Tecsoi Banda had made their North American debut the night before at the Ukrainian National Home, but they hit the stage ready to party again. Like American blues musicians of the 1920s and 30s, they’re all-purpose entertainers. They’ll do a Russian Orthodox wedding, a Jewish one, it doesn’t matter: they’re sort of the ultimate Ukrainian roots band. With Joska Chernavets on accordion, Ivan Popovych on fiddle, Vassili Gudak sadly pretty much inaudible on his tsymbaly (a kanun-style hammered dulcimer), bass drum player/singer Juri Chernavets with his little plastic mouth flute that he’d occasionally squawk on like a Jamaican with a whistle at a reggae show, and American klezmer fiddler Bob Cohen sitting in and adding a brisk intensity, they ran through a mix of upbeat and more stately material. As far removed from Ireland and Appalachia as their music is, there were familiar licks and melodies that wouldn’t be out of place in an Irish reel or a bluegrass breakdown. They used a lot of dynamics, varying their tempos, going doublespeed and then back again. Their best numbers had a somber, minor-key klezmer tinge; they closed with a couple of scurrying Carpathian dances, the second one finally featuring a funny solo from the drummer’s mouth flute.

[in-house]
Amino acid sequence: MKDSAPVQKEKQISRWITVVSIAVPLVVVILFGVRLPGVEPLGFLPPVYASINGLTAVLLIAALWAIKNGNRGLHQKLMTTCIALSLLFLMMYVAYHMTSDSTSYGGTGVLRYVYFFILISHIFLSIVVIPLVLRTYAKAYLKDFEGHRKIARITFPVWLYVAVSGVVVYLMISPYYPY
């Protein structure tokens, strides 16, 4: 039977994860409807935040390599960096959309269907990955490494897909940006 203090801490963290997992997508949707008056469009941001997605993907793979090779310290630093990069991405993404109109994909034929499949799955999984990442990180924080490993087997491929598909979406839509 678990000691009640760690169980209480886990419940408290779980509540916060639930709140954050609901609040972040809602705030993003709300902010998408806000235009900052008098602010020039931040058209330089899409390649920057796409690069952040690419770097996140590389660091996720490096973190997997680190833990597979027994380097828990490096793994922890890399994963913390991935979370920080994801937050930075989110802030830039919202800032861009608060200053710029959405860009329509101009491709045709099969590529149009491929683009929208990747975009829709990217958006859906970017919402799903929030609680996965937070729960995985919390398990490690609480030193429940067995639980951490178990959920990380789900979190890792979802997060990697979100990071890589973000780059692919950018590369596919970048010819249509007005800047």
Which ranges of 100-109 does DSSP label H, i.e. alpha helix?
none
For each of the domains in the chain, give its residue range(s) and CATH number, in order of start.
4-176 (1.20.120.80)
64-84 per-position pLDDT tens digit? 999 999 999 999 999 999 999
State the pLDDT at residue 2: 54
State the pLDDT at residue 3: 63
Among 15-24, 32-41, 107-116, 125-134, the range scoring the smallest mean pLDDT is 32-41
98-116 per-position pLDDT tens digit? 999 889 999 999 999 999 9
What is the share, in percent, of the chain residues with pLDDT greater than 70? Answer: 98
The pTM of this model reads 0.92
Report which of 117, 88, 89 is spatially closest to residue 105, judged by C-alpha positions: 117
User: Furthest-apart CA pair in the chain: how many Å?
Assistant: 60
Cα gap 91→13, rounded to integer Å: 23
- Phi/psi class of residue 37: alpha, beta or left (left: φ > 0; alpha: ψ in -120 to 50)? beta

The NY Gypsy All-Stars had the most modern sound, which ironically gave them the most authenticity of any of the acts on the bill: their fusion-tinged bounce is the one you’ll find in clubs all the way around the Black Sea. Compounding the irony is that they kept it very terse: Jason Lindner’s electric piano and Pangeotis Andreou’s five-string electric bass never took it to Jaco-land. Frontman/clarinetist Ismail Lumanovski is one of this era’s giants of the instrument – check him out sometimes with the Grneta Duo +1 with Vasko Dukovski and intense pianist Alexandra Joan for his more austere, purist side. Like Yunakov, he has blistering speed, but he doesn’t make it look easy: there’s an untamed, feral side to his playing that contrasted well with guest Selim Sesler (a frequent sparring partner). Sesler may be known as the Coltrane of the clarinet but his style is closer to vintage Lee Konitz, or for that matter, Miles Davis, and he chose his spots to cut loose against Lumanovski’s barrages. The rapidfire rivulets flowing from Tamer Pinarbasi’s kanun added yet another layer of turbulence, a very good thing considering the slick sonics.